“It’s not how much we give, but how much love we put into giving.”
— Mother Theresa
Three things asked of us during Lent are praying, fasting, and almsgiving.
Growing up, I always thought almsgiving was the odd one out. It seemed like our parents’ responsibility; we were just the middlemen dropping money into the bag. It seemed like the simplest task to complete; the other two took up a bit more time and effort.
One Sunday during Lent, as a child, I recalled Jesus saying, that when we give, the left hand must not know what the right hand is doing. So as offertory drew near, my right hand started to carefully extract just one coin from my pocket, while my brain and my left hand did their best to ignore. My parents saw my struggle and was thoroughly amused at their son’s naivety when I explained myself.
In 2014, I was overseas for work and I needed to withdraw cash from an ATM before dinner. A lady wrapped up in a thin blanket with her child sat at the side and asked me for money just as I withdrew it. As I obeyed my brain and walked away, what she said is still etched in my mind till today. “We are human too!” she exclaimed.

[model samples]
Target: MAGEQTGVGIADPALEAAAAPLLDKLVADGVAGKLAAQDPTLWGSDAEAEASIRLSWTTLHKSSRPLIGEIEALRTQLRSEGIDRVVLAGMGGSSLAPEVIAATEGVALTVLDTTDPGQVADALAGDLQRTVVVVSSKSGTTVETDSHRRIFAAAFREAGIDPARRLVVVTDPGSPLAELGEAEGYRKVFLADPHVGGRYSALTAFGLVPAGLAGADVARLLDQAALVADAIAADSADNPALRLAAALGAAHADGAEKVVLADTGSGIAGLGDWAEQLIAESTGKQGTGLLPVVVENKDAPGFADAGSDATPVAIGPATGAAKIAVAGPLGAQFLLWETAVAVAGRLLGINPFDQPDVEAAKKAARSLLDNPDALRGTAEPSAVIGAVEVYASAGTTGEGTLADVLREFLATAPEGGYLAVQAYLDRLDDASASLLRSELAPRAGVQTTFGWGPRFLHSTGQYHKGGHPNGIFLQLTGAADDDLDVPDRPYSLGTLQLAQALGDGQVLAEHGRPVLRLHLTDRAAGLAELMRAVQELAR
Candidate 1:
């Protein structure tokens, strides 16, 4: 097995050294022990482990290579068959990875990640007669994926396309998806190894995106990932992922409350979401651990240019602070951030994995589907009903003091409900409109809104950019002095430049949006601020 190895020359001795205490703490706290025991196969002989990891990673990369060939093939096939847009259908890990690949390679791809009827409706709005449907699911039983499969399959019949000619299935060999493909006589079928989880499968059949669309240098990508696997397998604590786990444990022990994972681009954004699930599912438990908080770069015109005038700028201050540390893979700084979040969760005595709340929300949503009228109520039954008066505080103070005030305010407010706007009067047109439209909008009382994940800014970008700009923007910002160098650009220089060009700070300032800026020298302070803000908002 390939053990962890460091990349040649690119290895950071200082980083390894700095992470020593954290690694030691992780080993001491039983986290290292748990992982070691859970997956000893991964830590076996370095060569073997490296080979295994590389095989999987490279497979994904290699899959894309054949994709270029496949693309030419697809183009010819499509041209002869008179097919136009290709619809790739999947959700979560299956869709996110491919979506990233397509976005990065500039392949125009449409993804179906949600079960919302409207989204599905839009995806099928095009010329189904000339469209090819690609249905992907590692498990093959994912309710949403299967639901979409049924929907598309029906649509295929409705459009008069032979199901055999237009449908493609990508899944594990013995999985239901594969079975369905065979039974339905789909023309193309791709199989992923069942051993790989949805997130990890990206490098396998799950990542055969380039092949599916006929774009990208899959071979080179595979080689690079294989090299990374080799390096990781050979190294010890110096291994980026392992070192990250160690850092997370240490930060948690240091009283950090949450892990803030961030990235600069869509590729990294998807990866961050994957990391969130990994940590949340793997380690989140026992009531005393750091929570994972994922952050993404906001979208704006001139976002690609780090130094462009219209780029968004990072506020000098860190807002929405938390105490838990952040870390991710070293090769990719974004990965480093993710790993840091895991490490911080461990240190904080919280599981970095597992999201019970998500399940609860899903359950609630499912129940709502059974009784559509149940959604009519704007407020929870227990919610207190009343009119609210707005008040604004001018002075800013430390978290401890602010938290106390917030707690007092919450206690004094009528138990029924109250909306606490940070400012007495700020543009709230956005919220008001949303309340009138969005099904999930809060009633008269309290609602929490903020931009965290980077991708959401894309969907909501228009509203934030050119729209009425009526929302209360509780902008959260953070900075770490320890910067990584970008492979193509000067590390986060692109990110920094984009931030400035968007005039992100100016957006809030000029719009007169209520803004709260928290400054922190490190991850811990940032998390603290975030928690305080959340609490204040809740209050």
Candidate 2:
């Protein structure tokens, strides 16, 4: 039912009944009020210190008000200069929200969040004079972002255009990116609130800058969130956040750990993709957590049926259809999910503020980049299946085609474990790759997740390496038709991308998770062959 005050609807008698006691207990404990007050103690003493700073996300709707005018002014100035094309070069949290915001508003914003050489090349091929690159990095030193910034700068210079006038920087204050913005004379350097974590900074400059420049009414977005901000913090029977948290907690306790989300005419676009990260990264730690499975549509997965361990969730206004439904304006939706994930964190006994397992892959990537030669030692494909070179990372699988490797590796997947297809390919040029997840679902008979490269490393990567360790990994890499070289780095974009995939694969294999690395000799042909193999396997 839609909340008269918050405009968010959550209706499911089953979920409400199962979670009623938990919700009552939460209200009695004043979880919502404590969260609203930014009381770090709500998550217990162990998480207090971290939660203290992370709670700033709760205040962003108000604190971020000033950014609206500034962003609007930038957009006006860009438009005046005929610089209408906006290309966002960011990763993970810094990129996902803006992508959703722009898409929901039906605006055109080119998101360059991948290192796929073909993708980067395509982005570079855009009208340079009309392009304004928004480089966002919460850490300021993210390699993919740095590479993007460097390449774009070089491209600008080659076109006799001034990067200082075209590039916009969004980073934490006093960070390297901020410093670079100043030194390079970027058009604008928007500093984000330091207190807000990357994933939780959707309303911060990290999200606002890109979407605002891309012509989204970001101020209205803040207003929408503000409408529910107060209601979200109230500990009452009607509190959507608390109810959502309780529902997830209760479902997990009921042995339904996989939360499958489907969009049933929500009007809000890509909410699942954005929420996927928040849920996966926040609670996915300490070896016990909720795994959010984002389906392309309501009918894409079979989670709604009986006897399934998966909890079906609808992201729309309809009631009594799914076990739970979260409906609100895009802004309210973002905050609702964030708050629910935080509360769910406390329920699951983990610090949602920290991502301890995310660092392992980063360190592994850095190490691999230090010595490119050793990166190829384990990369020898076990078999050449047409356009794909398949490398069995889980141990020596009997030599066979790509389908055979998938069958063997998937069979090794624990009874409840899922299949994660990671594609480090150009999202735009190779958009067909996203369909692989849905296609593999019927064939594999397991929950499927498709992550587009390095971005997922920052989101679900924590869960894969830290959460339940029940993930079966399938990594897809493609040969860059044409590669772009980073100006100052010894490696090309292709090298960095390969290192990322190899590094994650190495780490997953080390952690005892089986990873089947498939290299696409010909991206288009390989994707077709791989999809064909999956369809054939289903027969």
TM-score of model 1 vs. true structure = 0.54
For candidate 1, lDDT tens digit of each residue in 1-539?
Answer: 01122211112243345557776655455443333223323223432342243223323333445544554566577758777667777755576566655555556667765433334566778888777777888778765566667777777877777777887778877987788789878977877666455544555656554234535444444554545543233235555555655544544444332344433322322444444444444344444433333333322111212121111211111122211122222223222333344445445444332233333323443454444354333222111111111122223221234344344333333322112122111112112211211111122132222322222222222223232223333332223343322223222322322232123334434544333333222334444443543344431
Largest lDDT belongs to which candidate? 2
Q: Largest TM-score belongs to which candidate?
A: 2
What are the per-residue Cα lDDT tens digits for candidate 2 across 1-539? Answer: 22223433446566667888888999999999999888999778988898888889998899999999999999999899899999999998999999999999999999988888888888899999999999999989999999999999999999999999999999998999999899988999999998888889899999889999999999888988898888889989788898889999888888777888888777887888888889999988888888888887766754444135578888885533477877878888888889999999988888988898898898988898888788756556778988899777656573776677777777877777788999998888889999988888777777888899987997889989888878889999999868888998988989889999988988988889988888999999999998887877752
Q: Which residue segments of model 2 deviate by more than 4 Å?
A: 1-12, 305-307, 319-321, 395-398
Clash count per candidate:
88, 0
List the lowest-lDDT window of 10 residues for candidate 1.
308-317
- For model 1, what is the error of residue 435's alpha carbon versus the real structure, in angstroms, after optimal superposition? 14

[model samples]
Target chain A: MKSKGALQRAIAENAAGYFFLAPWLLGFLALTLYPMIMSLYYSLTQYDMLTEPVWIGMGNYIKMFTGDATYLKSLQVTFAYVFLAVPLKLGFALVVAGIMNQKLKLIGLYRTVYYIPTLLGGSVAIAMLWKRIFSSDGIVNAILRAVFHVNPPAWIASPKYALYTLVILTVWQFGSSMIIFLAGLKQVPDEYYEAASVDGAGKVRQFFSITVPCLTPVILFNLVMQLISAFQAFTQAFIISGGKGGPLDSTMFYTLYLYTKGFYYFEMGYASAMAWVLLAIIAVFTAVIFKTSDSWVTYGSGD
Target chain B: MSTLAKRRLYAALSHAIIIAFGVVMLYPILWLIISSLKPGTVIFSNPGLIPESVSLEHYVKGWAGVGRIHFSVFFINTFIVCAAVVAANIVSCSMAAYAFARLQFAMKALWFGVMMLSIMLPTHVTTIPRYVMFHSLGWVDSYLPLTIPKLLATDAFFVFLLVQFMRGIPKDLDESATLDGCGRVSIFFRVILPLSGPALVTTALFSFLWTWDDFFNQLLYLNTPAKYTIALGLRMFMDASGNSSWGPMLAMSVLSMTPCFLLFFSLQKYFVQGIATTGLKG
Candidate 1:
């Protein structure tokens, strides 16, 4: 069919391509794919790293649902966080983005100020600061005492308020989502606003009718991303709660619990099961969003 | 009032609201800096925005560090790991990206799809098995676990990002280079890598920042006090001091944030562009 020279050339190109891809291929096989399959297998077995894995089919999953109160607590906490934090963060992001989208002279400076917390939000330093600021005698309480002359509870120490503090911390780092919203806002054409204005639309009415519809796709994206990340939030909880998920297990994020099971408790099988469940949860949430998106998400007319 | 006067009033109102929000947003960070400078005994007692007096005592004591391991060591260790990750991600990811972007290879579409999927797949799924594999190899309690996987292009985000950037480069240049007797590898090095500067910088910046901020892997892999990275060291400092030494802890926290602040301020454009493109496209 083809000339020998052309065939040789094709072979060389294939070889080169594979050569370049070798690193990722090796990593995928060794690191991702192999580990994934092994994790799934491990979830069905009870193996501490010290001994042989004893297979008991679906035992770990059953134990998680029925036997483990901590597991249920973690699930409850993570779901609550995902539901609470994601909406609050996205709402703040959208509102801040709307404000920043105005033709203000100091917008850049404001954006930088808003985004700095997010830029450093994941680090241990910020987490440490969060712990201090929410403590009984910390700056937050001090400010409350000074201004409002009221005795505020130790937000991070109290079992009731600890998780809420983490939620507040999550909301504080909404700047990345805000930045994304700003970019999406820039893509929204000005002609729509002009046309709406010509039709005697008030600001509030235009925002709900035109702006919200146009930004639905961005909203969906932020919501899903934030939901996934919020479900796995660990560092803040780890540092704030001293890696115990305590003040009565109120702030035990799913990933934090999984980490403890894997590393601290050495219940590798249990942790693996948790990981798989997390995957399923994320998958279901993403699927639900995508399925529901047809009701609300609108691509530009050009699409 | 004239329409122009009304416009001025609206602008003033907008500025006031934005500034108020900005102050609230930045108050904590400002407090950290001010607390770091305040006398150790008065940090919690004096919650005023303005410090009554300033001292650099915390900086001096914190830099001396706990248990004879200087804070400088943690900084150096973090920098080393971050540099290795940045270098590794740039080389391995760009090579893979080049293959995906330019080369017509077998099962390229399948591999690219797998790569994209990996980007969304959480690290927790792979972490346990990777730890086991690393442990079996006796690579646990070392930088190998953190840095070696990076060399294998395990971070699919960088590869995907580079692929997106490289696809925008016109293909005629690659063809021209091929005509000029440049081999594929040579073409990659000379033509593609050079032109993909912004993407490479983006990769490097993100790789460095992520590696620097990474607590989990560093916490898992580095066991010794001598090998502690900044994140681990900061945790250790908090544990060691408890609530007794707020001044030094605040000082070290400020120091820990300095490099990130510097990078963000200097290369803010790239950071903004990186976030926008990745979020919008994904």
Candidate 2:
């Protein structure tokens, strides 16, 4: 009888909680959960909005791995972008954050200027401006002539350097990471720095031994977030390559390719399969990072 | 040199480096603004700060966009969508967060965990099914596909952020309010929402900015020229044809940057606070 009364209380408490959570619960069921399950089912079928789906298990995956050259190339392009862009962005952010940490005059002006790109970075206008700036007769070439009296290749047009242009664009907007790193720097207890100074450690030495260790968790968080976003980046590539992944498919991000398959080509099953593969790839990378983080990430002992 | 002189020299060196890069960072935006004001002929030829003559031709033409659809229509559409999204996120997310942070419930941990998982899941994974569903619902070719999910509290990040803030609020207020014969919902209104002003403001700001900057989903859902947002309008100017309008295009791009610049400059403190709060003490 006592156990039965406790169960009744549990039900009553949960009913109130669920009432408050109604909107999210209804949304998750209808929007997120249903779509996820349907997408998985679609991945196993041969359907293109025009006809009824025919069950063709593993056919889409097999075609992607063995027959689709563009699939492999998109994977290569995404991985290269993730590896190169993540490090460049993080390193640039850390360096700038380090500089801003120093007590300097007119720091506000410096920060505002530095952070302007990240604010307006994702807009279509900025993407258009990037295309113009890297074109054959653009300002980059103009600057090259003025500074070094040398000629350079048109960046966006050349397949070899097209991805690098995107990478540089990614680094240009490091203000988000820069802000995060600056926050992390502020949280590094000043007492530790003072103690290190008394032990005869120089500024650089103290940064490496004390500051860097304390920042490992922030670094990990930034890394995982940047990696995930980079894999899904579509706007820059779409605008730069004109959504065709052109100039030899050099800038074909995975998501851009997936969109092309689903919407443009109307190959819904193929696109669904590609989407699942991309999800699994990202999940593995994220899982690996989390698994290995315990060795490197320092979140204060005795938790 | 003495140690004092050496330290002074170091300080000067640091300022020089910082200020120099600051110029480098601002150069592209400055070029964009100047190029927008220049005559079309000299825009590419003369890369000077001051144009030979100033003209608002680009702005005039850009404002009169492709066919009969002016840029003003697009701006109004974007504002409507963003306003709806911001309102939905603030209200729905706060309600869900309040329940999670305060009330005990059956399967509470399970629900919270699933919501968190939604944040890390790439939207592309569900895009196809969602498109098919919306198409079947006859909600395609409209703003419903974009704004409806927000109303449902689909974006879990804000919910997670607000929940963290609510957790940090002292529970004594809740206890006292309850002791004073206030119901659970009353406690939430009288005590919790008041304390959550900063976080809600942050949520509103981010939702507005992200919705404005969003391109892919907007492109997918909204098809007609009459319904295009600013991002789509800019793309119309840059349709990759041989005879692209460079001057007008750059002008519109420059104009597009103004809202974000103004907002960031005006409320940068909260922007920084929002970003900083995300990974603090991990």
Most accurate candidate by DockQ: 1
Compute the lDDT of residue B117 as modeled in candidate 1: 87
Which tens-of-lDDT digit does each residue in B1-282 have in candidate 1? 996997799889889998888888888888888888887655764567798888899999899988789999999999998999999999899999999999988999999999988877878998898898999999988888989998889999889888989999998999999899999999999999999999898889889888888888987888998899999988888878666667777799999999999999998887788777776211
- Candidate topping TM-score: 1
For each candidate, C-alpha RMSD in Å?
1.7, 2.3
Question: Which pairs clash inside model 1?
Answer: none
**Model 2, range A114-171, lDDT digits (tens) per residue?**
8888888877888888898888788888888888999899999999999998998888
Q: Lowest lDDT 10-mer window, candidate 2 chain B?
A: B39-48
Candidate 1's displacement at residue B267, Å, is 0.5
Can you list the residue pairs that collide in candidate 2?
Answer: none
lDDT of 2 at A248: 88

That incident changed me. As a young adult today, I realize that the brain and the left hand always interferes with giving. Either the brain is casting doubt and causes inaction, or the left hand empties the pocket first.
In a similar incident back home in Singapore recently, I was withdrawing cash in my neighbourhood to buy food back for the family when a lady asked me for money. This time I asked her whether she had lunch and I said, “Wait for me, I will go get you a pack of chicken rice.” As I handed her the packet of food, the puzzled look on her face told me that no one has ever done this for her. But as she started to share her situation with me, I quickly excused myself thinking that I have done my part.
Almsgiving is actually the most difficult task of the three because we are called to give without being calculative, and to give more than just money. Perhaps we can give more of what is most precious to us this Lent – our time. Don’t let our minds and our left hands guide our giving, and let Jesus guides our hearts this Lent!
Chair, Caritas Singapore Young Adults Committee